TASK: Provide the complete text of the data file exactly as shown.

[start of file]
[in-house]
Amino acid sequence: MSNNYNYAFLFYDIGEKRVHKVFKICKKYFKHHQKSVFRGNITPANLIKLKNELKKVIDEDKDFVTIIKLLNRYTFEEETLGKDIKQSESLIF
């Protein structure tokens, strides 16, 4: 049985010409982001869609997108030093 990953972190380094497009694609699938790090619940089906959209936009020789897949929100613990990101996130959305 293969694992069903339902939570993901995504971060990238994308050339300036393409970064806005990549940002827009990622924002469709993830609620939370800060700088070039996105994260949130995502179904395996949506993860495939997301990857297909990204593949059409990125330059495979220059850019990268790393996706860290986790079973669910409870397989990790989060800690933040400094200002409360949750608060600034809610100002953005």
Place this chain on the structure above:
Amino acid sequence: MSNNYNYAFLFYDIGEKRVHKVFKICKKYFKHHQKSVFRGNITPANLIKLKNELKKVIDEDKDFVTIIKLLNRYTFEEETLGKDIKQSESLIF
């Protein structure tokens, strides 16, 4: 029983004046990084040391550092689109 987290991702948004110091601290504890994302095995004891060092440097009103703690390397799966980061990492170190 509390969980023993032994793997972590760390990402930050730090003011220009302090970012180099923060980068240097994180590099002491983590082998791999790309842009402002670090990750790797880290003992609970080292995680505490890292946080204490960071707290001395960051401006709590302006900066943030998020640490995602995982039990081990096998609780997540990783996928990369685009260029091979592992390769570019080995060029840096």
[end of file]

[in-house]
Amino acid sequence: MSNNYNYAFLFYDIGEKRVHKVFKICKKYFKHHQKSVFRGNITPANLIKLKNELKKVIDEDKDFVTIIKLLNRYTFEEETLGKDIKQSESLIF
């Protein structure tokens, strides 16, 4: 049985010409982001869609997108030093 990953972190380094497009694609699938790090619940089906959209936009020789897949929100613990990101996130959305 293969694992069903339902939570993901995504971060990238994308050339300036393409970064806005990549940002827009990622924002469709993830609620939370800060700088070039996105994260949130995502179904395996949506993860495939997301990857297909990204593949059409990125330059495979220059850019990268790393996706860290986790079973669910409870397989990790989060800690933040400094200002409360949750608060600034809610100002953005």
Place this chain on the structure above:
Amino acid sequence: MSNNYNYAFLFYDIGEKRVHKVFKICKKYFKHHQKSVFRGNITPANLIKLKNELKKVIDEDKDFVTIIKLLNRYTFEEETLGKDIKQSESLIF
């Protein structure tokens, strides 16, 4: 029983004046990084040391550092689109 987290991702948004110091601290504890994302095995004891060092440097009103703690390397799966980061990492170190 509390969980023993032994793997972590760390990402930050730090003011220009302090970012180099923060980068240097994180590099002491983590082998791999790309842009402002670090990750790797880290003992609970080292995680505490890292946080204490960071707290001395960051401006709590302006900066943030998020640490995602995982039990081990096998609780997540990783996928990369685009260029091979592992390769570019080995060029840096």